According to the following article, it is clear that the banking industry in the United States is currently facing great challenges and pressures. In this situation, investors are advised to be very cautious and not to overly pursue high returns at the expense of risk. The following are some trading recommendations:
- Adjust positions: It is recommended to reduce positions in banking-related stocks and allocate capital to other more robust sectors or asset classes, such as consumer goods, healthcare, gold, etc.
- Pay attention to policy changes: Regulators may take more aggressive measures to strengthen regulation of misconduct, and investors should pay close attention to policy changes and make timely adjustments accordingly.
- Pay attention to risks: The banking sector is currently facing high risks, such as credit defaults and declining asset quality. Investors should pay close attention to the related risks and adjust their positions and trading directions in a timely manner to reduce risks.
- Look for investment opportunities: Despite the overall pressure on the banking sector, there may be certain banks with undervalued stock prices that can be considered for moderate investment. Also, you can pay attention to investment varieties such as banking sector-related ETFs to diversify risks.
(Reuters, March 30) – Former Federal Deposit Insurance Corporation (FDIC) Chairman William Isaac acknowledged in an interview on Wednesday (March 30) that regulators have been slow to act in the wake of the banking crisis, though he insisted there is no need for more regulation.
Isaac noted, “I think they’ve been slow to act – both the state of California as the primary regulator, the Federal Reserve as the primary federal regulator, and even the FDIC.”
According to preliminary projections, several recent bank failures have cost the FDIC about $23 billion in expenses.
Generally, deposit insurance is collected on a quarterly basis, but in special cases like this, the FDIC can also initiate what it calls a “special assessment” and collect an additional amount.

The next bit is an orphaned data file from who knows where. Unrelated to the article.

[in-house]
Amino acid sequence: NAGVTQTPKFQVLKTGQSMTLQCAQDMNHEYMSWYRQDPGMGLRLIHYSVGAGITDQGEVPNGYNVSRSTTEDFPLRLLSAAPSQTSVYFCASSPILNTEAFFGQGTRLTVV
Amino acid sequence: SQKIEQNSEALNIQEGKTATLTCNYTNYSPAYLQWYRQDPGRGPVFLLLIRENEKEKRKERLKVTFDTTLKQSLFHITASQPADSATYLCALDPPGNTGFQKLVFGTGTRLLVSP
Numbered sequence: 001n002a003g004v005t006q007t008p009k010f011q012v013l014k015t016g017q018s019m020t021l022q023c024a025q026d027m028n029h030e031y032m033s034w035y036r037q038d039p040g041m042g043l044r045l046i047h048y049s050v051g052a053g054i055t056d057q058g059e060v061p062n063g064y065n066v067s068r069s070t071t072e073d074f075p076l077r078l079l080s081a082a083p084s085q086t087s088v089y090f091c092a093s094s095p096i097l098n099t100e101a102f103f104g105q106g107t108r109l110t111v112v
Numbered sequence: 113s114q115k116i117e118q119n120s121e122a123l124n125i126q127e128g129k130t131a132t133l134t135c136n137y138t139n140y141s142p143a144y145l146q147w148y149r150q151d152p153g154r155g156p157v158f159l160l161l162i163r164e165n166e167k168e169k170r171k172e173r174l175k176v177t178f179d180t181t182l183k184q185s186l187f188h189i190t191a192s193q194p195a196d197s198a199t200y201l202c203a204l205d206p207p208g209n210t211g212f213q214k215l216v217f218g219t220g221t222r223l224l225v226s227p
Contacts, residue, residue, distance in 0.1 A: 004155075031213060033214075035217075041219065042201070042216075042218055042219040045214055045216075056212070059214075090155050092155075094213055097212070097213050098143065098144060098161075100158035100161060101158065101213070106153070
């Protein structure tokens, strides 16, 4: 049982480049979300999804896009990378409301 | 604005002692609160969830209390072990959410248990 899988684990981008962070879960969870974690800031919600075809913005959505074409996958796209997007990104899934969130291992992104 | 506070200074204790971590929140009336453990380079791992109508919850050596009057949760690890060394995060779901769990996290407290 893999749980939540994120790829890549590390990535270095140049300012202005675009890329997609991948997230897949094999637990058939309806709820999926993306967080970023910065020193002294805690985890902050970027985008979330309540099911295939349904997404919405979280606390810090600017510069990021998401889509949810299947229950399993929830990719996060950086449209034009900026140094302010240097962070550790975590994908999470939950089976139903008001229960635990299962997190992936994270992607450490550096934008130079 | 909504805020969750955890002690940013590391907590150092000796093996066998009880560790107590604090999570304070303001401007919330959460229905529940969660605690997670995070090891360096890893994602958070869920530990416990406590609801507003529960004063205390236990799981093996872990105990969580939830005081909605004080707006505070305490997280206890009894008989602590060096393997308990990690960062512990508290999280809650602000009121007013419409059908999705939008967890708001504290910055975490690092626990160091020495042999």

There are reports that the FDIC and government officials are considering shifting a higher-than-usual portion of the burden to several of the largest U.S. banks to ease pressure on regional institutions.
On Tuesday and Wednesday, officials from the FDIC, the Federal Reserve and the U.S. Treasury Department, coincided with hearings on Silicon Valley banks in both houses of Congress.
Michael Barr, vice chairman of the Federal Reserve for financial regulation, said at the meeting that the bankrupt Silicon Valley Bank (SVB) was a “textbook case of mismanagement” and that it would be necessary to strengthen the rules governing capital and liquidity for some regional banks in the future.
In response, Isaac pointed out that there is already too much regulation in the system and further regulation would be counterproductive. However, he also said that regulators need to take more aggressive steps to regulate banks that are acting inappropriately.
Isaac argues, “Every time something goes wrong, Congress decides that there has to be more regulation, yet it becomes more complicated for the banks, the regulators and the public. This is counterproductive and doesn’t work.”
“So, I think we should slow down and not rush to fix the problem and create more regulations on that basis. We need to learn the lessons and start working properly at all levels.”
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